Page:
14 May 2009 - 11:11 AM  UPDATED 26 Feb 2014 - 4:07 PM

He's had articles devoted to the lustrous properties of his eyelashes, pancreatic cancer (one of the most hardy forms) and a marriage with Judy Davis yielding two children. FILMINK's Julian Shaw caught up with the warm, almost corrosively self-deprecating Colin Friels to discuss acting, religion, globalisation and Malcolm, the little Aussie film that could.

You've pulled away from a career in commercial cinema. Do you find the way those movies are made repellent?
“I don't know much about it. I'd say it's all about making money. It's ludicrous. It puts me off. Here we are, the punters, and we have to do the books. I don't want to fucking do that. There's repugnance in the amount of money that gets spent and the amount of money certain people get paid. It's obscene. It's probably all that globalisation isn't it? I remember one time I had to go to Vancouver a few years ago and I woke up in the plane and thought I could be in Sydney or I could be in San Francisco – it's all the same. I heard someone say the market will decide what's remembered. I hate that thought. The events of September 11 have shown that the market is bullshit.”

What is the difference in sensibilities between you and your wife – who obviously thrives in Hollywood?
“She's got a different view, a much broader cultural palate. I'm narrower. I'm not against anyone doing it; I'm just not comfortable. I realised to be successful I'd have to turn myself into an American actor. I didn't want to do it – it didn't ring true to me. So that's my story.”

You won the AFI for Malcolm…
“God, I did too. I didn't even think of that. I always thought Johnny Hargreaves was the standout. He was my favourite. My performance was just ok. Any Joe blow could have played Malcolm, there was so much sympathy in the role. You just had to play it real – he's real to the world, he's surveyable to everything.”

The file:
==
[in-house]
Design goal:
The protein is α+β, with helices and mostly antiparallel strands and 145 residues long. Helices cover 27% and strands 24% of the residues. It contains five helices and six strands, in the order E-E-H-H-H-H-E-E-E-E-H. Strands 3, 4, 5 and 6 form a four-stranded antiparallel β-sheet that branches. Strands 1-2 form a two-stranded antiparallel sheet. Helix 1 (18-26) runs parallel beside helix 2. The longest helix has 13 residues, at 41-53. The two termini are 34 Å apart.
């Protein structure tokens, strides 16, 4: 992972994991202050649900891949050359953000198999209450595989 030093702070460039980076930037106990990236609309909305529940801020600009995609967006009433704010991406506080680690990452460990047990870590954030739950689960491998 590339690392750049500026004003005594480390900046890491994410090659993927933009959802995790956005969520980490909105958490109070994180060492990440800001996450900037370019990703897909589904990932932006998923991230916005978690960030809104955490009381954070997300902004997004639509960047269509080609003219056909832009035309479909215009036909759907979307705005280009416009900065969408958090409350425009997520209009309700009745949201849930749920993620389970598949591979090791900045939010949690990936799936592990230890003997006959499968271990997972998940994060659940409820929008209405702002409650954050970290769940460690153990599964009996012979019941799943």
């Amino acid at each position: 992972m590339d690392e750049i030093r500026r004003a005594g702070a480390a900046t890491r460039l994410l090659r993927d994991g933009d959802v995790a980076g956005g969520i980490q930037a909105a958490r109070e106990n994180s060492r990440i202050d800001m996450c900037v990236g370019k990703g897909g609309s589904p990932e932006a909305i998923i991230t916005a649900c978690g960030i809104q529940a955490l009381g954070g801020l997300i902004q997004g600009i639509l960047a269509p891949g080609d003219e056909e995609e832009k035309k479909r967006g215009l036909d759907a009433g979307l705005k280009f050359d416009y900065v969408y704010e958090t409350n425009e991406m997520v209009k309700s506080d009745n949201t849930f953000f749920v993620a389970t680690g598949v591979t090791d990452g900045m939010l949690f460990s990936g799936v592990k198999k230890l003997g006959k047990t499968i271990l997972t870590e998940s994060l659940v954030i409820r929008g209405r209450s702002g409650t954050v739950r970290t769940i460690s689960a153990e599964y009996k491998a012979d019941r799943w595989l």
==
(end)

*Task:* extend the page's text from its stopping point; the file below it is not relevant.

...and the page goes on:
Funny that the film has such an immoral turn…
“Totally immoral. We rob a bank. We get away with it. Malcolm is pliable; he's gullible as anything. He's neither good nor bad. He is what he is.”

You appear briefly in The Man Who Sued God as Billy Connolly's brother. Where does God exist in your life?
“It doesn't. I'm not religious. Church dogma – any dogma – is blind, black, dead. You can't make people live in fear of dogma. I have faith in humanity – that's all that's going to matter at the end of the day. It's what gets me through. Organised religion is pretty dark. When I was a kid and I used to go to church it was like this big black cloud came over me. A couple of times were enough for me. But conceptually, philosophically, I really like thinking about it. It's the slant that society put on Christianity or Judaism – not always the roots. Look at the religious battles we have. As far as I'm concerned what counts is the respect you have for people. I agreed to come here and talk to you about this stuff. What's the point in me not respecting you – I don't know you. Whereas if someone is a Catholic and someone else is a Protestant, well – they're not going to like each other very much from the start. It can be a very dangerous place. I'm so lucky to have the job I do. You can get free of all those shackles and you can examine them. 'Why is that? Why do I have to agree to that?' When things don't make sense there is usually a lie behind them. When somebody is telling you something and you don't believe it there is usually some bit of bullshit behind it.”

You've rebuked so-called 'method acting'…
“If you've got a method of how to act or how to make a film the end result is a sham. Look, I have no regrets. I sometimes go into deep states of depression when work dries up. I wouldn't change places with anyone though. In my true heart of hearts there's no way. Every time I start to work I feel like it's the first time and I'd hate to lose that feeling. I don't feel any different to when I was 18 and starving. Now that I'm 49 I'm probably more keenly enthusiastic than I was then. If you think: 'I know how to do this – I'll just walk through it', then you're dead.”

Judging from the mercurial prowess that coils in Friels (the warm-hearted, family-geared antithesis to his less-resolved contemporaries), just behind those cobalt eyes it seems safe to say that his most essential and lithe performances may be in the works; he is an actor prone to epiphany and his course should remain (thankfully) unpredictable.